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  • Protective Eye Wear Could Prevent 40,000 Injuries Each Year

    Baseball, Basketball and Racquet Sports Most Common Culprits, According to the American Academy of Ophthalmology

    SAN FRANCISCO—Playing sports is good for your health, but for too many athletes, a game also can lead to a health disaster when an eye injury damages their vision. Every year, more than 40,000 Americans injure their eyes during sports and recreational activities such as baseball, basketball and tennis. Unfortunately, approximately one-third of those eye-injury victims are school-aged children.[i]

    April is Sports Eye Safety Month, and the American Academy of Ophthalmology, through its EyeSmart® program, reminds the public that the only way to prevent a sports-related eye injury is for athletes to wear appropriate, sport-specific protective eyewear properly fitted by an eye care professional.[ii]

    Sports-related eye injuries range from abrasions of the cornea and bruises of the lids to internal eye injuries, such as retinal detachments and internal bleeding. The good news is, almost all sports-related eye injuries can be prevented using appropriate protective eye wear.[iii]

    “As an ophthalmologist, I strongly encourage all athletes to use the appropriate protective eyewear for their sports because eye injuries can be devastating,” said Aaron Weingeist, MD, a clinical correspondent for the American Academy of Ophthalmology. “In fact, some athletes suffer permanent vision loss and blindness from sports-related injuries.”

    Lenses made from polycarbonate materials provide the highest level of protection; they can withstand the impact of a ball or other projectile traveling at 90 miles per hour. Proper eye protection is widely available for a variety of sports including hockey, football, lacrosse, and water polo, as well as racquetball, soccer and downhill skiing. Always choose eye protection that has been tested to meet the American Society of Testing and Materials ASTM standards.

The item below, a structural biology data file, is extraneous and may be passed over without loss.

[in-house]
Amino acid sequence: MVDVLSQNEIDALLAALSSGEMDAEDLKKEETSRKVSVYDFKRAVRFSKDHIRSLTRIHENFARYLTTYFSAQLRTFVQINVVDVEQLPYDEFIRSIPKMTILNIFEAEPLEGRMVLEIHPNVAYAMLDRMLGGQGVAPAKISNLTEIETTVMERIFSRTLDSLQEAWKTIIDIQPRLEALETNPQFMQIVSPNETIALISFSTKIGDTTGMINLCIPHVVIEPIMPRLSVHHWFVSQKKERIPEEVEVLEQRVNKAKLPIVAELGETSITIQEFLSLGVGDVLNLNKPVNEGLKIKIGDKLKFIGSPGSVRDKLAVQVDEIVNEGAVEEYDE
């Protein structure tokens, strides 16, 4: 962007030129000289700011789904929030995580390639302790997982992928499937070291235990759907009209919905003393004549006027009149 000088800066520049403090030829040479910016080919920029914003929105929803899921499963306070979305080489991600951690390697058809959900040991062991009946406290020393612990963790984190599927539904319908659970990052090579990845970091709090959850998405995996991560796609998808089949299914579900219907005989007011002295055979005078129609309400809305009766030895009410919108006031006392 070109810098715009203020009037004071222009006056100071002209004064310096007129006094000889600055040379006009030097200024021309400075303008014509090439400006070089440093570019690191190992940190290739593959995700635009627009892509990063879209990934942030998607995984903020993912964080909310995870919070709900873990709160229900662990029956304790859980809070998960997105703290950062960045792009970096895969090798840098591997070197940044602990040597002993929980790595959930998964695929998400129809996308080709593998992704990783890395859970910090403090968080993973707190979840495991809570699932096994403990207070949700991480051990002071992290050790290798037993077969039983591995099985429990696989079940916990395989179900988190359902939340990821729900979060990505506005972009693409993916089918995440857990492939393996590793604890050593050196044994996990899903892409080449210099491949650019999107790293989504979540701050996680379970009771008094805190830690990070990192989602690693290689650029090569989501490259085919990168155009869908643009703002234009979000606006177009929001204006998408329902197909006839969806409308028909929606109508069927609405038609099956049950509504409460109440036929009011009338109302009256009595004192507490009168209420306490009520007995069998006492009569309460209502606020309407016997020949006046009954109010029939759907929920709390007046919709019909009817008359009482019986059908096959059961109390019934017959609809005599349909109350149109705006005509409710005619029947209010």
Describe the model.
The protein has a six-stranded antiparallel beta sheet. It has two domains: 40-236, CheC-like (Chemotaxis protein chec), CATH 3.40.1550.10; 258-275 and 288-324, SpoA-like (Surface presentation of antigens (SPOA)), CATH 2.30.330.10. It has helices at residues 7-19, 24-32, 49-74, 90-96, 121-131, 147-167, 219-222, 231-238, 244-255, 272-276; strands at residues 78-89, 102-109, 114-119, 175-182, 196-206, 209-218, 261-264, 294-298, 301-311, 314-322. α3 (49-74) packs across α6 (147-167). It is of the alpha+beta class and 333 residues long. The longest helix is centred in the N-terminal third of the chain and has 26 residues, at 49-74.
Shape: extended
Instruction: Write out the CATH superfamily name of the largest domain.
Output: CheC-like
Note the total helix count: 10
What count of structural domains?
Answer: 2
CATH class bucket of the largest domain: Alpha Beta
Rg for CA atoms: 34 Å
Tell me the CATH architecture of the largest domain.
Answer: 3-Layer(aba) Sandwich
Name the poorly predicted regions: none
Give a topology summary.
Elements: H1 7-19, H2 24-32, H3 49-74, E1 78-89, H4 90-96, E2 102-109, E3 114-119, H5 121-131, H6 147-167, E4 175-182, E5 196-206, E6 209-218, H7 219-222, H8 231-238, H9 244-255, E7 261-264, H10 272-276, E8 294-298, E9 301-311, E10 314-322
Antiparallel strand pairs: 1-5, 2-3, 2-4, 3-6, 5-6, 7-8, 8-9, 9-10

“Unfortunately, most youth sporting leagues don’t require children to wear eye protection[iv],” said Dr. Weingeist. “That’s why we’re trying to raise awareness, and arming parents and athletes with the information they need to take care of their eyes during sports.”

    Even a seemingly light blow can cause a serious eye injury. If a black eye, pain or visual problem occurs after a blow, contact an ophthalmologist Eye M.D. or seek emergency medical help immediately.

    About the American Academy of Ophthalmology
    The American Academy of Ophthalmology is the world's largest association of eye physicians and surgeons — Eye M.D.s — with more than 30,000 members worldwide. Eye health care is provided by the three "O's" – ophthalmologists, optometrists, and opticians. It is the ophthalmologist, or Eye M.D., who can treat it all: eye diseases, infections and injuries, and perform eye surgery. For more information, visit

    About EyeSmart
    The American Academy of Ophthalmology's EyeSmart® program educates the public about the importance of eye health and empowers them to preserve their healthy vision. EyeSmart provides the most trustworthy and medically accurate information about eye diseases, conditions and injuries. OjosSanos™ is the Spanish-language version of the program. Visit or to learn more.


    [i] National Association for Sports and Physical Education. Eye Safety at a Glance: Protecting Your Child’s Vision in Sports. Accessed from:

    [ii] American Academy of Ophthalmology. Eye Health in Sports and Recreation. Accessed from:

    [iii] National Eye Institute. About Sports Eye Injury and Protective Eyewear. Accessed from:

    [iv] National Association for Sports and Physical Education. Eye Safety at a Glance: Protecting Your Child’s Vision in Sports. Accessed from: